Then the parser itself has a pretty quirky behavior wherein it reads tabs and whitespace as nodes. For example with this test XML file:

You would expect the parser to read only three nodes? Unfortunately it doesn’t, it treats tabs and whitespace as elements. So the following occurs: Read more of this post

DirectX10 Tutorial 6: Blending and Alpha Blending

It’s been ages since my last DirectX 10 tutorial and I apologize, I’ve been buried under a ton of work and haven’t had much free time lately. This is going to be a very short tutorial on pretty much the final stage in the rendering pipeline: color blending. If you recall, each frame displayed on the screen is simply a bitmap that gets displayed and updated multiple times a second. This bitmap is called the frame buffer, now the frame buffer is technically the image we see at any given point and the back buffer (assuming you are double buffering) is what you actually draw to (referred to as your render target) and only once you finish drawing do you display the back buffer to the screen by swapping the frame buffer and the back buffer by using the Present member of the DX10 swapchain class.

Now think back to the depth testing tutorial where we displayed that cube and had to enable depth testing for it to render properly. Now a  cube is made up of 6 sides with 2 faces per side, so that is 12 triangles we have to draw for each cube. The graphical API draws one triangle at a time to the back buffer, and used the depth buffer to check whether it can overwrite a pixel in the back buffer if the new pixel to be drawn is in front of it. If this test passes then the API is given permission to overwrite that pixel’s value but its not as simple as that! Read more of this post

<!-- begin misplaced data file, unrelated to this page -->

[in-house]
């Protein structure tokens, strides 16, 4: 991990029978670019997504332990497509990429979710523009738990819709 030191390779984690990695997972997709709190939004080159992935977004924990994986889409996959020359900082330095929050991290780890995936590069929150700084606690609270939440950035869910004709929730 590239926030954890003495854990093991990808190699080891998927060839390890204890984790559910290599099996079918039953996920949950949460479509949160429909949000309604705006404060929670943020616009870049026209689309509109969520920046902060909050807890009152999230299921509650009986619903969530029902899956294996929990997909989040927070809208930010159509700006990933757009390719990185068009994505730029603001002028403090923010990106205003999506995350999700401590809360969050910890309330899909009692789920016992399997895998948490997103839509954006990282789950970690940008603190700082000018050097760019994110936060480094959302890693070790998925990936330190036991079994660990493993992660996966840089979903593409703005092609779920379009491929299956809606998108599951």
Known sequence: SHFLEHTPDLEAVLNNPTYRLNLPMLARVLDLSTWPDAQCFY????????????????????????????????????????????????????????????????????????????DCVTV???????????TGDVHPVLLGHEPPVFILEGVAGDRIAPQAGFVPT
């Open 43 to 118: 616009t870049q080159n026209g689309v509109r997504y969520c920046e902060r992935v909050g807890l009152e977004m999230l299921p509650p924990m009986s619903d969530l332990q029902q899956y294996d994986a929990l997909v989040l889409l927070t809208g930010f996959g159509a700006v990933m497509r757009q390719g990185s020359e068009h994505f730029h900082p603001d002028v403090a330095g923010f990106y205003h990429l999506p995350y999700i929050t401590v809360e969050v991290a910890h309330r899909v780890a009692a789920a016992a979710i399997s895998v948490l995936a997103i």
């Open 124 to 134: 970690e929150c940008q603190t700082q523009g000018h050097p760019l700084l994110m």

3D DirectX10 Free Look Camera (Timer based)


Okay so I promised I’d write a tutorial on writing a simple free look vector based camera, this tutorial doesn’t only apply to DirectX10 but to  pretty much any graphics API. We want to keep things simple initially so the simplest possible camera we can implement short of a first person style camera is a free look camera (without roll) so basically only two degrees of freedom: left/right and up/down, we are also going to implement some basic movement controls forwards/backwards and Strafe Left/Right. Read more of this post

My attempt at a DX10 game engine… Name Ideas

So I’ve started with developing the AI test bed for my masters experiments, and since I kinda wanted something that looked nice, I basically started developing a game engine without knowing it😛

I’ve been working on it for around a week now, and have a very basic renderer and a basic camera system going… The next step will be developing the scene graph and spatial data structures needed for rendering. I’ve been doing so much reading on scene graphs and so one that it’s coing out my ears and yet I’m not any closer to having an idea on a good solution. I could probably do my entire masters on scene graphs and spatial sorting.

Anyways I’m going to discontinue my DX10 tutorials since all the future tutorials will anyways be based off of my engine, so I’m going to start a new series of tutorials on building a very basic dx0 game engine.

The amount of files in the projects are growing and I need to come up wiht a nice name so i can start encapsulating the classes in namespaces, and have a nice uniform naming across the components, since the engine is going to be super super simple i was thinking as using one of the following as the engine name:

  • Cimplicity
  • basikEngine
  • CimplEngine
  • SimplEngine
  • engineBasix

Any other suggestions?

DirectX10 Tutorial 5: Basic Meshes